Tuesday, September 29, 2009

Regulae Fidei (Updated)

Michael Bird posts this excerpt from Paul Blowers on the Rule of Faith:

"My premise here is that at bottom, the Rule of Faith (which was always associated with Scripture itself) served the primitive Christian hope of articulating and authenticating a world-encompassing story or metanarrative of creation, incarnation, redemption, and consummation. I will argue that in the crucial 'proto-canonical' era in the history of Christianity, the Rule, being a narrative construction, set forth the basic 'dramatic' structure of a Christian vision of the world, posing as an hermeneutical frame of reference for the interpretation of Christian Scripture and experience, and educing the first principles of Christian theological discourse and of a doctrinal substantiation of Chrsitian faith" (p. 202)." from Paul M. Blowers "The Regulae Fidei and the Narrative Character of Early Christian Faith," Pro Ecclesia 6.2 (1997)

Since I have been looking at the early church history in Sunday School, I thought this might be helpful to repost this quote.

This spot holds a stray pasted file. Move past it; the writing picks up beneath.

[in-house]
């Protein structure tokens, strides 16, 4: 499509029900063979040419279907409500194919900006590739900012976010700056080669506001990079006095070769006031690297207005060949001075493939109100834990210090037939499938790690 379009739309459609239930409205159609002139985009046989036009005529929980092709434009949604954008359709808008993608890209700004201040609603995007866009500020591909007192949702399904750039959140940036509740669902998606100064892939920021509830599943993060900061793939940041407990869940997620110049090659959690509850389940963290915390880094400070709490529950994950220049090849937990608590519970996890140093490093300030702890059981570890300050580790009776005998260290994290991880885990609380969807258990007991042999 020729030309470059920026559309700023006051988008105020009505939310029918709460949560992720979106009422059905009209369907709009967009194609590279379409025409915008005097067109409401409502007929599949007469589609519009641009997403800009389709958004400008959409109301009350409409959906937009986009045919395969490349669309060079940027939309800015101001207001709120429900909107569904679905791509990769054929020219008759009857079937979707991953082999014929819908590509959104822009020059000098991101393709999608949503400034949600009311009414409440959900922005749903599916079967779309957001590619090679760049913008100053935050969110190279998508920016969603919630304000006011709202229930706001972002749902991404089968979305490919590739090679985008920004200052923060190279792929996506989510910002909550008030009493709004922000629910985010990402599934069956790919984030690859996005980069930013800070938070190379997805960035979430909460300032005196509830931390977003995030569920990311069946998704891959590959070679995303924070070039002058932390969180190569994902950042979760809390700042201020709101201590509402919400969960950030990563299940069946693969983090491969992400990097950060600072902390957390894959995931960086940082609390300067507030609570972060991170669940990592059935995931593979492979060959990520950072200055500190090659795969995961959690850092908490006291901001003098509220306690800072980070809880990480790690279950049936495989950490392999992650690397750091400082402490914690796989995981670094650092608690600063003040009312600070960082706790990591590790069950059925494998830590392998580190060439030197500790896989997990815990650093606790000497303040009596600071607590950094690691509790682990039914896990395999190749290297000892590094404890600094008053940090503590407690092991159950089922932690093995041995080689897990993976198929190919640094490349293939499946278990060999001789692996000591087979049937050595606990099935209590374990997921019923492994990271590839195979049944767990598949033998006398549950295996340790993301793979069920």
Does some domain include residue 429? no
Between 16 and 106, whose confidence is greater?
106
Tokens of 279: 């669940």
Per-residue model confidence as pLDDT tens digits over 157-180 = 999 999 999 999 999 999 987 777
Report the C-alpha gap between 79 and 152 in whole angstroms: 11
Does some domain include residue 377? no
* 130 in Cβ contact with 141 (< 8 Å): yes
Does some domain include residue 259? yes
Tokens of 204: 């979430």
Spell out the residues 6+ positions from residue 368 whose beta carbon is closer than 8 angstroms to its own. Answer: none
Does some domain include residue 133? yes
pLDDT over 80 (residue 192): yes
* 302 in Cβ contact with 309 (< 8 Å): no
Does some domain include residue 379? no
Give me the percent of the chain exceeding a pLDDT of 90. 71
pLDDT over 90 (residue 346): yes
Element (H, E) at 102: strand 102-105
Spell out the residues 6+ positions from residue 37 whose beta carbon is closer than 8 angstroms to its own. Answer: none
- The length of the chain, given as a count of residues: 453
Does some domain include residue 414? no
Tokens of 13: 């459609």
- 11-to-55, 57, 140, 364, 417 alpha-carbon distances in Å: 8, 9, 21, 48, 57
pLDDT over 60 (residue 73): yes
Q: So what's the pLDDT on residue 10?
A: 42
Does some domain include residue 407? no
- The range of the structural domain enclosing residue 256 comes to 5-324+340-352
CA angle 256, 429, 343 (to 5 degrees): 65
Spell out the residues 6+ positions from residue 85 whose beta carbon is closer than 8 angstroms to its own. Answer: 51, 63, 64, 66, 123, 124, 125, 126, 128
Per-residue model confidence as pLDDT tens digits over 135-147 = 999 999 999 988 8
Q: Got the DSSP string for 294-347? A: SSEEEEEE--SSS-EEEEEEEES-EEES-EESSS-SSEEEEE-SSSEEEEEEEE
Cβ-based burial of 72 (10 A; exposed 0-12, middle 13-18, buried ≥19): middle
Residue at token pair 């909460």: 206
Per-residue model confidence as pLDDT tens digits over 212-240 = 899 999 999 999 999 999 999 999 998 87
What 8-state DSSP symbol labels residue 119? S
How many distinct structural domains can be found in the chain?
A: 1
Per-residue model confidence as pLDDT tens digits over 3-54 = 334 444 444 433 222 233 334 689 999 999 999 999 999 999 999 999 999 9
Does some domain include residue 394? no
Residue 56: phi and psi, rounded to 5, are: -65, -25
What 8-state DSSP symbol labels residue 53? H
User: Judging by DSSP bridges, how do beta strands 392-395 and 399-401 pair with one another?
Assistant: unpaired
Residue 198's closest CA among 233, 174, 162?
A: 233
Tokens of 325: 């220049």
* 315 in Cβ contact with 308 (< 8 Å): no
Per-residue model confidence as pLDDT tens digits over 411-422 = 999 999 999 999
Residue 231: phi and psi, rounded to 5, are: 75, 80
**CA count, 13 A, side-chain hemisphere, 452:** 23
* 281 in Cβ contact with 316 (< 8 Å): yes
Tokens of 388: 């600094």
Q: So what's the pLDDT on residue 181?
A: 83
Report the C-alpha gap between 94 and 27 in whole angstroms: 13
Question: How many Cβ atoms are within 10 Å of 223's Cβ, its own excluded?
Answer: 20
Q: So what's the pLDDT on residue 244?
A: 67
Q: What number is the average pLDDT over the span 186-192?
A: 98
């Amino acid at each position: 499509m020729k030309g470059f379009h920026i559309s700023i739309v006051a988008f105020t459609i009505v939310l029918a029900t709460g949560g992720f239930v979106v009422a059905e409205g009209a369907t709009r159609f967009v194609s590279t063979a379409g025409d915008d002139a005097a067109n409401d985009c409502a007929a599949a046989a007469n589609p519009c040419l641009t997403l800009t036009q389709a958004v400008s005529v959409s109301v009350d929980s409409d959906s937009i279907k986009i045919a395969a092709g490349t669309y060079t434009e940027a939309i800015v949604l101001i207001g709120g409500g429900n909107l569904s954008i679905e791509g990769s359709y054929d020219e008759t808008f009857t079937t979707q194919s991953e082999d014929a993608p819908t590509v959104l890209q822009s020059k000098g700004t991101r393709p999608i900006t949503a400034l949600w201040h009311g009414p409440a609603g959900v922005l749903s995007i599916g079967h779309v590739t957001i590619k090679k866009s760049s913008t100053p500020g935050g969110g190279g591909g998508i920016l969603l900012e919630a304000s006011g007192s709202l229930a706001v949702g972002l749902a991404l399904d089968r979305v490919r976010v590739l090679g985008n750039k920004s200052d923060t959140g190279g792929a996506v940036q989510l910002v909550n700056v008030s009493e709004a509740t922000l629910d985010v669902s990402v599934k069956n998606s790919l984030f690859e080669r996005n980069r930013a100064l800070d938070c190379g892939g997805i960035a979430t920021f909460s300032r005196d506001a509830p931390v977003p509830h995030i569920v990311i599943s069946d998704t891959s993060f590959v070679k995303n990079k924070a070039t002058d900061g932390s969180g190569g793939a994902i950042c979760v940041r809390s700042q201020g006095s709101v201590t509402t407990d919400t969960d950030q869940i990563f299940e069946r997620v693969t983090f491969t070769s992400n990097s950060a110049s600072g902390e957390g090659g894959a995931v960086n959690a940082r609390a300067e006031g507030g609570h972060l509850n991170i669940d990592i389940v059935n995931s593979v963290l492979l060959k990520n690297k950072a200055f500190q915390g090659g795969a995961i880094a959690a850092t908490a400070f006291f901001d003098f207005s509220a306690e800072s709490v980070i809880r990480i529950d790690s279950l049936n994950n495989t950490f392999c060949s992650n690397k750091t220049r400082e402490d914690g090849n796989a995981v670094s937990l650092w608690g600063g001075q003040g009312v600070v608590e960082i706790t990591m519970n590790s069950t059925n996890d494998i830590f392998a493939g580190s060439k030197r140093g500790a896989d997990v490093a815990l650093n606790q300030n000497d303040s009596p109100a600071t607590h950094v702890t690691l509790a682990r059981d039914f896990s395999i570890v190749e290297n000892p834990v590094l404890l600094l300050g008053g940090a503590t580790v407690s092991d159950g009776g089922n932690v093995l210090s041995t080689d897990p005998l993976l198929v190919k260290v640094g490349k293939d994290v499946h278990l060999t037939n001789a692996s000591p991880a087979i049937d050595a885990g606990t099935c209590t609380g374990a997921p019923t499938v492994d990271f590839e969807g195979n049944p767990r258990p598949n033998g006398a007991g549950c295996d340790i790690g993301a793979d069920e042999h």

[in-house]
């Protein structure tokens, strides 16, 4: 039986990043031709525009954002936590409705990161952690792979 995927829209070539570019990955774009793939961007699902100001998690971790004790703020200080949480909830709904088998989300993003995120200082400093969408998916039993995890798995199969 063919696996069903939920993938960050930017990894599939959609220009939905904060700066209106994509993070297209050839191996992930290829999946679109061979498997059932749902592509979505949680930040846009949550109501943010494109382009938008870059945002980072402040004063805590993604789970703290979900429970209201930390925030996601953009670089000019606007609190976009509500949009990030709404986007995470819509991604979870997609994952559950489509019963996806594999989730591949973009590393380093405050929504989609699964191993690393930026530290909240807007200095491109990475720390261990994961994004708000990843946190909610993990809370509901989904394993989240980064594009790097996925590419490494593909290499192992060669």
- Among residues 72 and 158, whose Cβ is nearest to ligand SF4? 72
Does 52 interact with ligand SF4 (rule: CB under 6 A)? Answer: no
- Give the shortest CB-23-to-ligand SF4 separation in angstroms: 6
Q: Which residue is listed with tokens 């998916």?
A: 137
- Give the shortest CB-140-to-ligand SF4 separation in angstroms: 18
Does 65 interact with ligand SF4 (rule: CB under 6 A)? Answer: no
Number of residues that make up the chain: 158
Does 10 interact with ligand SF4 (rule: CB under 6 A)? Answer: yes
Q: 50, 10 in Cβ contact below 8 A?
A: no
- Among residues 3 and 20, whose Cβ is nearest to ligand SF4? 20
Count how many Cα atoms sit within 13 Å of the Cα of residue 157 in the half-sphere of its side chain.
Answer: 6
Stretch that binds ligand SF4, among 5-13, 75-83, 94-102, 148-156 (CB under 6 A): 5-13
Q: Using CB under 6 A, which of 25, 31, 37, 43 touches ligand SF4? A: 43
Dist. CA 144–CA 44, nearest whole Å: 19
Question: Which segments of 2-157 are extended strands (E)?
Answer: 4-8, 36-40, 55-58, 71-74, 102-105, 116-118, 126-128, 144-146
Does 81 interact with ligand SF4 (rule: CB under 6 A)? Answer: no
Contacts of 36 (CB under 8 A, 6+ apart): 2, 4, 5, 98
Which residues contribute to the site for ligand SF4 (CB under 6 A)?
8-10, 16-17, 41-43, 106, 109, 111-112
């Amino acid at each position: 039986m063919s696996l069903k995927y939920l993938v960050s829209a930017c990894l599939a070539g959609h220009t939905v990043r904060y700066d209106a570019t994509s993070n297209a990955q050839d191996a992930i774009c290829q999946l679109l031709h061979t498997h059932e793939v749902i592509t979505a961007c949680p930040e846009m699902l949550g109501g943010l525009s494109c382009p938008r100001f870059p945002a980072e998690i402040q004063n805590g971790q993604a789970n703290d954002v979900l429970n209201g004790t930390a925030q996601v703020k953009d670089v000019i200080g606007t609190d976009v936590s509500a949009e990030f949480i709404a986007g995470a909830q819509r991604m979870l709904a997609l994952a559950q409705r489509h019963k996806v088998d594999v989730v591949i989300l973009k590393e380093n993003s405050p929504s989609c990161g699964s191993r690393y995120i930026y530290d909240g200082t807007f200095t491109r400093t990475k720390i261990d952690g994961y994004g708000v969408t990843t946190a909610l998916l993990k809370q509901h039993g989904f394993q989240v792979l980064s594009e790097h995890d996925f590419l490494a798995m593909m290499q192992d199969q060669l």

Update: Here's another quote:
"For Irenaeus and Tertullian alike it is imperative to identify the Canon of Truth or Rule of Faith as Scripture's own intrinsic story-line in order to avoid the Gnostics' double-talk, their propagating of one myth on the philosophical level while still trying, on another level, to commnicate it with pieces of scriptural narrative. Thus when Irenaeus expounds the Rule of Faith for his friend Marcianus in his Epideixis, he does it literally by retelling the biblical story and indicating the underlying nexus between its constitute elements as though he were unfolding the sequences of a drama. The story of creation, paradise, and the fall present a prelude. There follows a long exhibition of redemptive history (christological excurses notwithstanding), beginning with the antediluvia stories of obedience and disobedience, then moving on to the patriarchs, the lawgiving, the exodus and conquest, the message of the prophets - all told, a history of promises fulfilled in the recapitulative work of Jesus Christ. Irenaeus completes his exposition in the Epideixis by setting out a host of ancient prophecies fulfilled in Christ, and at last displaying the glory of the new covenant and the prospective new life in the Spirit opened up to the Gentiles" (pp. 212-13).

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